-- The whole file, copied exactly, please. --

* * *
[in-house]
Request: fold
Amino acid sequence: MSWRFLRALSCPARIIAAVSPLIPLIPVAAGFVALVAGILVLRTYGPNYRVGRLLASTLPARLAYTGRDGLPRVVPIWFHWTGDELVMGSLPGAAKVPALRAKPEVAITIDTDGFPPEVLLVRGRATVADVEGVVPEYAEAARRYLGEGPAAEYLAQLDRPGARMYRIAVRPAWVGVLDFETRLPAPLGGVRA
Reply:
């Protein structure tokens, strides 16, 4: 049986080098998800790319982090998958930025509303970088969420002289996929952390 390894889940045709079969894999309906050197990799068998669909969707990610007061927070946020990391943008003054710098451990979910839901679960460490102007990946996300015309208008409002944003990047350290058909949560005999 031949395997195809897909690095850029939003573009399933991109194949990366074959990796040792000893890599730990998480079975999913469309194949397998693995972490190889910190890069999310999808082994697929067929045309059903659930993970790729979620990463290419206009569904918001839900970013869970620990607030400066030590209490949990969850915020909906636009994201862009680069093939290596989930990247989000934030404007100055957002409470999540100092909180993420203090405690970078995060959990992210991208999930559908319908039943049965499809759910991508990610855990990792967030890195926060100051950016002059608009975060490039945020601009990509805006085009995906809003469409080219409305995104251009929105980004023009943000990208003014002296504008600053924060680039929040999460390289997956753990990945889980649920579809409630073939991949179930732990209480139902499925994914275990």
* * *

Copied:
[in-house]
Request: fold
Amino acid sequence: MSWRFLRALSCPARIIAAVSPLIPLIPVAAGFVALVAGILVLRTYGPNYRVGRLLASTLPARLAYTGRDGLPRVVPIWFHWTGDELVMGSLPGAAKVPALRAKPEVAITIDTDGFPPEVLLVRGRATVADVEGVVPEYAEAARRYLGEGPAAEYLAQLDRPGARMYRIAVRPAWVGVLDFETRLPAPLGGVRA
Reply:
């Protein structure tokens, strides 16, 4: 049986080098998800790319982090998958930025509303970088969420002289996929952390 390894889940045709079969894999309906050197990799068998669909969707990610007061927070946020990391943008003054710098451990979910839901679960460490102007990946996300015309208008409002944003990047350290058909949560005999 031949395997195809897909690095850029939003573009399933991109194949990366074959990796040792000893890599730990998480079975999913469309194949397998693995972490190889910190890069999310999808082994697929067929045309059903659930993970790729979620990463290419206009569904918001839900970013869970620990607030400066030590209490949990969850915020909906636009994201862009680069093939290596989930990247989000934030404007100055957002409470999540100092909180993420203090405690970078995060959990992210991208999930559908319908039943049965499809759910991508990610855990990792967030890195926060100051950016002059608009975060490039945020601009990509805006085009995906809003469409080219409305995104251009929105980004023009943000990208003014002296504008600053924060680039929040999460390289997956753990990945889980649920579809409630073939991949179930732990209480139902499925994914275990």